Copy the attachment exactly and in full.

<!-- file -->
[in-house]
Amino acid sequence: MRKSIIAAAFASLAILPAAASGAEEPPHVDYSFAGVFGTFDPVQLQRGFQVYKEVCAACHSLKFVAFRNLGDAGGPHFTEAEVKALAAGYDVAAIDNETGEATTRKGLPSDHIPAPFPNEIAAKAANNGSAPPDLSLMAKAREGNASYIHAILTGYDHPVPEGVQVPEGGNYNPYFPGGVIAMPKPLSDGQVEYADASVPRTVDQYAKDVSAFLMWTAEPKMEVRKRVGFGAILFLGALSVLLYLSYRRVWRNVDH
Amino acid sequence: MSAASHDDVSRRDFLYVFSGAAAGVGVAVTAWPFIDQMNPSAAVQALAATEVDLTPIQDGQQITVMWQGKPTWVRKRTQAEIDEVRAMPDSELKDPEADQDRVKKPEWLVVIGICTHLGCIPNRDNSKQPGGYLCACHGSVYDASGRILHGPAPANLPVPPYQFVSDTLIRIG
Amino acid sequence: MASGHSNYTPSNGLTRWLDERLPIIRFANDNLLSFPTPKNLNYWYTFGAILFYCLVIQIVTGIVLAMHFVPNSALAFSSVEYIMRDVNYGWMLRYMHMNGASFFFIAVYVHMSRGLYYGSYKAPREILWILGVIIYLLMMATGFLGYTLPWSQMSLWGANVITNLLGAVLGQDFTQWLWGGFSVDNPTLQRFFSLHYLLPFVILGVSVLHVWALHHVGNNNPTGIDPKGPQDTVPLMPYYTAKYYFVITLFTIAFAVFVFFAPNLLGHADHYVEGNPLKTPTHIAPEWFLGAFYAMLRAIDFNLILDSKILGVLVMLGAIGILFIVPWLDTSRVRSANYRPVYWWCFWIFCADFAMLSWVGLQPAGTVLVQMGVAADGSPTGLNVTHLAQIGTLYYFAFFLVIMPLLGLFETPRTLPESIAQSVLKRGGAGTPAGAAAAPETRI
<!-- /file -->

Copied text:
[in-house]
Amino acid sequence: MRKSIIAAAFASLAILPAAASGAEEPPHVDYSFAGVFGTFDPVQLQRGFQVYKEVCAACHSLKFVAFRNLGDAGGPHFTEAEVKALAAGYDVAAIDNETGEATTRKGLPSDHIPAPFPNEIAAKAANNGSAPPDLSLMAKAREGNASYIHAILTGYDHPVPEGVQVPEGGNYNPYFPGGVIAMPKPLSDGQVEYADASVPRTVDQYAKDVSAFLMWTAEPKMEVRKRVGFGAILFLGALSVLLYLSYRRVWRNVDH
Amino acid sequence: MSAASHDDVSRRDFLYVFSGAAAGVGVAVTAWPFIDQMNPSAAVQALAATEVDLTPIQDGQQITVMWQGKPTWVRKRTQAEIDEVRAMPDSELKDPEADQDRVKKPEWLVVIGICTHLGCIPNRDNSKQPGGYLCACHGSVYDASGRILHGPAPANLPVPPYQFVSDTLIRIG
Amino acid sequence: MASGHSNYTPSNGLTRWLDERLPIIRFANDNLLSFPTPKNLNYWYTFGAILFYCLVIQIVTGIVLAMHFVPNSALAFSSVEYIMRDVNYGWMLRYMHMNGASFFFIAVYVHMSRGLYYGSYKAPREILWILGVIIYLLMMATGFLGYTLPWSQMSLWGANVITNLLGAVLGQDFTQWLWGGFSVDNPTLQRFFSLHYLLPFVILGVSVLHVWALHHVGNNNPTGIDPKGPQDTVPLMPYYTAKYYFVITLFTIAFAVFVFFAPNLLGHADHYVEGNPLKTPTHIAPEWFLGAFYAMLRAIDFNLILDSKILGVLVMLGAIGILFIVPWLDTSRVRSANYRPVYWWCFWIFCADFAMLSWVGLQPAGTVLVQMGVAADGSPTGLNVTHLAQIGTLYYFAFFLVIMPLLGLFETPRTLPESIAQSVLKRGGAGTPAGAAAAPETRI